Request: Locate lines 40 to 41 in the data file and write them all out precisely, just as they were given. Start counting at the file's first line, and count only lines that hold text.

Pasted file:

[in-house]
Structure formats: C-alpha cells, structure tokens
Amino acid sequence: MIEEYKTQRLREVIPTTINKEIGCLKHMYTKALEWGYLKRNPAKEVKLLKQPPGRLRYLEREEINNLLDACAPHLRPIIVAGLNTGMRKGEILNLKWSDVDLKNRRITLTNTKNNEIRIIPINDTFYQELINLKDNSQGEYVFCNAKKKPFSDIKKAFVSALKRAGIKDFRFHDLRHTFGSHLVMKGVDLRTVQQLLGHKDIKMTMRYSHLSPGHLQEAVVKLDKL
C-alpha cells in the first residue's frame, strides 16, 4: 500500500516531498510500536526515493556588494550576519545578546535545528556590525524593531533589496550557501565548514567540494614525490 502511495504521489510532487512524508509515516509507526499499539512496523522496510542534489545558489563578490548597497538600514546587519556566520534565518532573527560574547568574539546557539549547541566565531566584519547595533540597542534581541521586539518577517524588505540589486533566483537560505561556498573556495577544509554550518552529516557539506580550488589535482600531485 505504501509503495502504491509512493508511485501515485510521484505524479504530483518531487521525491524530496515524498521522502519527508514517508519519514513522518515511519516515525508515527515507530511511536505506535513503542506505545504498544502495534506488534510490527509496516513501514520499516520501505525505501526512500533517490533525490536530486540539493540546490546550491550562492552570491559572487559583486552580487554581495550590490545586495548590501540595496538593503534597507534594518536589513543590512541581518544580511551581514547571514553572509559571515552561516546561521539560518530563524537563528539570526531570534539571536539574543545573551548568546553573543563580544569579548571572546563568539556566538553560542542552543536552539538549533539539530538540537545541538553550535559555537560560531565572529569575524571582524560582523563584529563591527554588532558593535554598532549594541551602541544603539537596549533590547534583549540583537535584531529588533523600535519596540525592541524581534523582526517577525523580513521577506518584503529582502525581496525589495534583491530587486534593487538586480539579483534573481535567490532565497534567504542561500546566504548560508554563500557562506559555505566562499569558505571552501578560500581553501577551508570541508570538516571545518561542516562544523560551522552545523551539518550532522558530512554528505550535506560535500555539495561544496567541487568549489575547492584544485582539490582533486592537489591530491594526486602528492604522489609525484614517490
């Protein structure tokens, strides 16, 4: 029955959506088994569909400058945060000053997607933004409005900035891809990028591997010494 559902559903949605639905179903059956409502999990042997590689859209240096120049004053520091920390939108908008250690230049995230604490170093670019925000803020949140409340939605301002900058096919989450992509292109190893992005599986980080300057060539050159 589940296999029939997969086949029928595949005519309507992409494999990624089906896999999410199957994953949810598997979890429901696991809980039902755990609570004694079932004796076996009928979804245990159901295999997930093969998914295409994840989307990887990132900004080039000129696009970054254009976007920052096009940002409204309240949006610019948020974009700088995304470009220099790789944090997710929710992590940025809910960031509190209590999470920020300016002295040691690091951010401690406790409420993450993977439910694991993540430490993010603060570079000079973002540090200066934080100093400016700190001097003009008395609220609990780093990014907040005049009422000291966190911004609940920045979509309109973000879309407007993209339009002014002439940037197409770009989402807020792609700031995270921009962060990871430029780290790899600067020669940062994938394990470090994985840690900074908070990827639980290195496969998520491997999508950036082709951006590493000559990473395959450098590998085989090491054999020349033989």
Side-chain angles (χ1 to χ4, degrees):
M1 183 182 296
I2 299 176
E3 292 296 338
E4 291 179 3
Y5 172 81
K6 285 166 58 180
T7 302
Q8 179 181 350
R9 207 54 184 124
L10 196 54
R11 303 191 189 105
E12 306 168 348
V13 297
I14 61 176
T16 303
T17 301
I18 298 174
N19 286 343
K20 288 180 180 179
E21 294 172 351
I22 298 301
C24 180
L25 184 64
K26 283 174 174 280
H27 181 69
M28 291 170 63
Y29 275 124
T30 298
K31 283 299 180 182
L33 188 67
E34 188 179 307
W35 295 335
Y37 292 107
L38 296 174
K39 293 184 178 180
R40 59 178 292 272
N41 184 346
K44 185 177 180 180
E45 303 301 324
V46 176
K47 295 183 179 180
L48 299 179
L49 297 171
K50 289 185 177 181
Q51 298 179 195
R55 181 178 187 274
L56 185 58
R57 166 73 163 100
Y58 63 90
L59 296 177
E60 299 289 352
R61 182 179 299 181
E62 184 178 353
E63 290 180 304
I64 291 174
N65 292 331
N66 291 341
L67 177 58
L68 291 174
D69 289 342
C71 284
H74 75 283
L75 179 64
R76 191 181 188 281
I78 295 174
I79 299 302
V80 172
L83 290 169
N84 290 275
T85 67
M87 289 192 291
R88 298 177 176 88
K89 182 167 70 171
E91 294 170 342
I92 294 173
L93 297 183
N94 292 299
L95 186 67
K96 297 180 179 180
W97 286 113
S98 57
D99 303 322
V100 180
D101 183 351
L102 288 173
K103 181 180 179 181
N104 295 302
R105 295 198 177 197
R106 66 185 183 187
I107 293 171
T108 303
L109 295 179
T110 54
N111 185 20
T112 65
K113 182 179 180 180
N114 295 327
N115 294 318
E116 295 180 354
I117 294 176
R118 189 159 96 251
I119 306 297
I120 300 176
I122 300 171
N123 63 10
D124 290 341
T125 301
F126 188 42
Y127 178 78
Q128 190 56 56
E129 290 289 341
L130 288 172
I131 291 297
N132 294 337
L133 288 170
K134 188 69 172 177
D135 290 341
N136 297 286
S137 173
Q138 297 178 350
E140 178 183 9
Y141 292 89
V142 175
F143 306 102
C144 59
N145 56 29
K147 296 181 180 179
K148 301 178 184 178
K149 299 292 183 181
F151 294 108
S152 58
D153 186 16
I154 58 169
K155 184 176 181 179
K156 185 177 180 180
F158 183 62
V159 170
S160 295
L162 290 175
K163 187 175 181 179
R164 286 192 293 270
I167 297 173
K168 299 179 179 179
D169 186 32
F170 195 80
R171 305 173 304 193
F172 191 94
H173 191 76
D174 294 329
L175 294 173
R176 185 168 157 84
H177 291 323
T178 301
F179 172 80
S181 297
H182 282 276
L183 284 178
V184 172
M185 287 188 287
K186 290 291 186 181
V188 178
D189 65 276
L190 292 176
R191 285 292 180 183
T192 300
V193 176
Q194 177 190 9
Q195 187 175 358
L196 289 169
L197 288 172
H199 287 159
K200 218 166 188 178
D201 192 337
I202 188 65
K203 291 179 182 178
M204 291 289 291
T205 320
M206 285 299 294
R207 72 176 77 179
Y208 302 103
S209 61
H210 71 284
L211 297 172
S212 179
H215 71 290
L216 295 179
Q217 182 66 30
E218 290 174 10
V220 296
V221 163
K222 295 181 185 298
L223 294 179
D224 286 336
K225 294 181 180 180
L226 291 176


L38 296 174
K39 293 184 178 180